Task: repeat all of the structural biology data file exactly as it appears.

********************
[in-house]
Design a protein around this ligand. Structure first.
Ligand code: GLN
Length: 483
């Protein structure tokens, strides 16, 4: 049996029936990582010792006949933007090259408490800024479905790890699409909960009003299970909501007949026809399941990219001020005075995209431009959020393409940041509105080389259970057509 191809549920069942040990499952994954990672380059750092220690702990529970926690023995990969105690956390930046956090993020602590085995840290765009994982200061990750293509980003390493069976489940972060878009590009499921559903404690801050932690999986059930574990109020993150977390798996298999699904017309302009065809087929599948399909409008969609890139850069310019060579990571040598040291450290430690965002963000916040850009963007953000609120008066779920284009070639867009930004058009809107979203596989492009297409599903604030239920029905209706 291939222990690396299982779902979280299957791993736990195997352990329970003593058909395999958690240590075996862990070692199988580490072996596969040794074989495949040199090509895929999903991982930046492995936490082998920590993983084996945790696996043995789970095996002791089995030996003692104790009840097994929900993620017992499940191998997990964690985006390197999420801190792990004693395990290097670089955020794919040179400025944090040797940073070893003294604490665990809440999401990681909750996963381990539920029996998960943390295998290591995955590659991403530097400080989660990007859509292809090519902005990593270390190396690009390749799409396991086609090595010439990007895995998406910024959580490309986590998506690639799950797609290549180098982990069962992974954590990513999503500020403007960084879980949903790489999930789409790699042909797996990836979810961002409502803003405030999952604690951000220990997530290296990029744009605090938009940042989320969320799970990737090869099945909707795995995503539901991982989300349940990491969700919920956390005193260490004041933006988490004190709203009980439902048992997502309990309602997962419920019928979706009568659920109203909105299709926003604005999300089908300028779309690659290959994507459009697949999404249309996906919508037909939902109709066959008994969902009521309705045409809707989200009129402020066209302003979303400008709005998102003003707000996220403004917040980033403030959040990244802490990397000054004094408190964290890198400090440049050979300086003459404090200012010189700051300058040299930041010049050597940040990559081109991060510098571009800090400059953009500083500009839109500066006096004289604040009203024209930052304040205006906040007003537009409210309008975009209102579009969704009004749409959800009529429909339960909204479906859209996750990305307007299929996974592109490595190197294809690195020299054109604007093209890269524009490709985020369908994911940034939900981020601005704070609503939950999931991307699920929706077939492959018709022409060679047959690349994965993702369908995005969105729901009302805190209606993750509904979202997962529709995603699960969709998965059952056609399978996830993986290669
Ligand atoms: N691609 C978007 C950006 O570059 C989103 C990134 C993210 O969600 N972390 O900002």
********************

[in-house]
Design a protein around this ligand. Structure first.
Ligand code: GLN
Length: 483
């Protein structure tokens, strides 16, 4: 049996029936990582010792006949933007090259408490800024479905790890699409909960009003299970909501007949026809399941990219001020005075995209431009959020393409940041509105080389259970057509 191809549920069942040990499952994954990672380059750092220690702990529970926690023995990969105690956390930046956090993020602590085995840290765009994982200061990750293509980003390493069976489940972060878009590009499921559903404690801050932690999986059930574990109020993150977390798996298999699904017309302009065809087929599948399909409008969609890139850069310019060579990571040598040291450290430690965002963000916040850009963007953000609120008066779920284009070639867009930004058009809107979203596989492009297409599903604030239920029905209706 291939222990690396299982779902979280299957791993736990195997352990329970003593058909395999958690240590075996862990070692199988580490072996596969040794074989495949040199090509895929999903991982930046492995936490082998920590993983084996945790696996043995789970095996002791089995030996003692104790009840097994929900993620017992499940191998997990964690985006390197999420801190792990004693395990290097670089955020794919040179400025944090040797940073070893003294604490665990809440999401990681909750996963381990539920029996998960943390295998290591995955590659991403530097400080989660990007859509292809090519902005990593270390190396690009390749799409396991086609090595010439990007895995998406910024959580490309986590998506690639799950797609290549180098982990069962992974954590990513999503500020403007960084879980949903790489999930789409790699042909797996990836979810961002409502803003405030999952604690951000220990997530290296990029744009605090938009940042989320969320799970990737090869099945909707795995995503539901991982989300349940990491969700919920956390005193260490004041933006988490004190709203009980439902048992997502309990309602997962419920019928979706009568659920109203909105299709926003604005999300089908300028779309690659290959994507459009697949999404249309996906919508037909939902109709066959008994969902009521309705045409809707989200009129402020066209302003979303400008709005998102003003707000996220403004917040980033403030959040990244802490990397000054004094408190964290890198400090440049050979300086003459404090200012010189700051300058040299930041010049050597940040990559081109991060510098571009800090400059953009500083500009839109500066006096004289604040009203024209930052304040205006906040007003537009409210309008975009209102579009969704009004749409959800009529429909339960909204479906859209996750990305307007299929996974592109490595190197294809690195020299054109604007093209890269524009490709985020369908994911940034939900981020601005704070609503939950999931991307699920929706077939492959018709022409060679047959690349994965993702369908995005969105729901009302805190209606993750509904979202997962529709995603699960969709998965059952056609399978996830993986290669
Ligand atoms: N691609 C978007 C950006 O570059 C989103 C990134 C993210 O969600 N972390 O900002």